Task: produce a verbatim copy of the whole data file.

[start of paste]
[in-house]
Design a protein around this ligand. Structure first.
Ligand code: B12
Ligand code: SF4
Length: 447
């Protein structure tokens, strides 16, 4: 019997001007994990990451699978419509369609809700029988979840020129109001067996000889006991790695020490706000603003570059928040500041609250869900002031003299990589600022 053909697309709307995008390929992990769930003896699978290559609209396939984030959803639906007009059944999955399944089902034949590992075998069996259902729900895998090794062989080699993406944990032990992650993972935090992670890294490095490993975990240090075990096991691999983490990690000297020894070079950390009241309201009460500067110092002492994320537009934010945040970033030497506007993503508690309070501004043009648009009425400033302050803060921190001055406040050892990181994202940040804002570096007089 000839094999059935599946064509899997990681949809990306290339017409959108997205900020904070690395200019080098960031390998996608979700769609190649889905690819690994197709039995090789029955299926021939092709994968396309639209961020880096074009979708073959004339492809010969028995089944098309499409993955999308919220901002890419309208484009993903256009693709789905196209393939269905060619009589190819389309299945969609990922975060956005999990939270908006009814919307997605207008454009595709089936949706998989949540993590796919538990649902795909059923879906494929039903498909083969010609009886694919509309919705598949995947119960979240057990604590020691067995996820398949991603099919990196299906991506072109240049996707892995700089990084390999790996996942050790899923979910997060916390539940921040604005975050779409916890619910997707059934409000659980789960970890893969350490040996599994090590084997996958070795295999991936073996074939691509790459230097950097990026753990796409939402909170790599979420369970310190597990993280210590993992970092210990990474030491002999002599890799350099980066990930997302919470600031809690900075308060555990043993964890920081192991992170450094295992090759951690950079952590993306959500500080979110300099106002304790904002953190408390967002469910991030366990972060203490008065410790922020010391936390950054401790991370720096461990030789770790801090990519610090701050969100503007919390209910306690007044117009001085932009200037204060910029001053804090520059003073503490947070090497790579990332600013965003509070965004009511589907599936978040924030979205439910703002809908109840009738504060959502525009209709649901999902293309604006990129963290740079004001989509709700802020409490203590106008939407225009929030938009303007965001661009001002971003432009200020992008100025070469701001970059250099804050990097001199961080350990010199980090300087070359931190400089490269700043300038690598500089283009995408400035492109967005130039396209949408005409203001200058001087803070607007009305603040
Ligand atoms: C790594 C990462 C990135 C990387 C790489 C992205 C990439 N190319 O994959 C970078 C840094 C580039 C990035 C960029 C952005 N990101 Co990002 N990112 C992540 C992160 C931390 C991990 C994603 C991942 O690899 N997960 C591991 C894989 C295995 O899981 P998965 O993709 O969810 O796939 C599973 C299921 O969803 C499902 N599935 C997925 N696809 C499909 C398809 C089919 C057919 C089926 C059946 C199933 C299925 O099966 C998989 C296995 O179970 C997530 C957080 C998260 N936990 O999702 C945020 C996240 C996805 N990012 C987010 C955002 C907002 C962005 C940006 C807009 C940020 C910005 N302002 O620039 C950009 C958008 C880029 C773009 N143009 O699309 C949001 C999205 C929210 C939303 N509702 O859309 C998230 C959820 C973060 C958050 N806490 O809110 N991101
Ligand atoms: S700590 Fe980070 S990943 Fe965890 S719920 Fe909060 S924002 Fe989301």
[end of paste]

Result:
[in-house]
Design a protein around this ligand. Structure first.
Ligand code: B12
Ligand code: SF4
Length: 447
């Protein structure tokens, strides 16, 4: 019997001007994990990451699978419509369609809700029988979840020129109001067996000889006991790695020490706000603003570059928040500041609250869900002031003299990589600022 053909697309709307995008390929992990769930003896699978290559609209396939984030959803639906007009059944999955399944089902034949590992075998069996259902729900895998090794062989080699993406944990032990992650993972935090992670890294490095490993975990240090075990096991691999983490990690000297020894070079950390009241309201009460500067110092002492994320537009934010945040970033030497506007993503508690309070501004043009648009009425400033302050803060921190001055406040050892990181994202940040804002570096007089 000839094999059935599946064509899997990681949809990306290339017409959108997205900020904070690395200019080098960031390998996608979700769609190649889905690819690994197709039995090789029955299926021939092709994968396309639209961020880096074009979708073959004339492809010969028995089944098309499409993955999308919220901002890419309208484009993903256009693709789905196209393939269905060619009589190819389309299945969609990922975060956005999990939270908006009814919307997605207008454009595709089936949706998989949540993590796919538990649902795909059923879906494929039903498909083969010609009886694919509309919705598949995947119960979240057990604590020691067995996820398949991603099919990196299906991506072109240049996707892995700089990084390999790996996942050790899923979910997060916390539940921040604005975050779409916890619910997707059934409000659980789960970890893969350490040996599994090590084997996958070795295999991936073996074939691509790459230097950097990026753990796409939402909170790599979420369970310190597990993280210590993992970092210990990474030491002999002599890799350099980066990930997302919470600031809690900075308060555990043993964890920081192991992170450094295992090759951690950079952590993306959500500080979110300099106002304790904002953190408390967002469910991030366990972060203490008065410790922020010391936390950054401790991370720096461990030789770790801090990519610090701050969100503007919390209910306690007044117009001085932009200037204060910029001053804090520059003073503490947070090497790579990332600013965003509070965004009511589907599936978040924030979205439910703002809908109840009738504060959502525009209709649901999902293309604006990129963290740079004001989509709700802020409490203590106008939407225009929030938009303007965001661009001002971003432009200020992008100025070469701001970059250099804050990097001199961080350990010199980090300087070359931190400089490269700043300038690598500089283009995408400035492109967005130039396209949408005409203001200058001087803070607007009305603040
Ligand atoms: C790594 C990462 C990135 C990387 C790489 C992205 C990439 N190319 O994959 C970078 C840094 C580039 C990035 C960029 C952005 N990101 Co990002 N990112 C992540 C992160 C931390 C991990 C994603 C991942 O690899 N997960 C591991 C894989 C295995 O899981 P998965 O993709 O969810 O796939 C599973 C299921 O969803 C499902 N599935 C997925 N696809 C499909 C398809 C089919 C057919 C089926 C059946 C199933 C299925 O099966 C998989 C296995 O179970 C997530 C957080 C998260 N936990 O999702 C945020 C996240 C996805 N990012 C987010 C955002 C907002 C962005 C940006 C807009 C940020 C910005 N302002 O620039 C950009 C958008 C880029 C773009 N143009 O699309 C949001 C999205 C929210 C939303 N509702 O859309 C998230 C959820 C973060 C958050 N806490 O809110 N991101
Ligand atoms: S700590 Fe980070 S990943 Fe965890 S719920 Fe909060 S924002 Fe989301």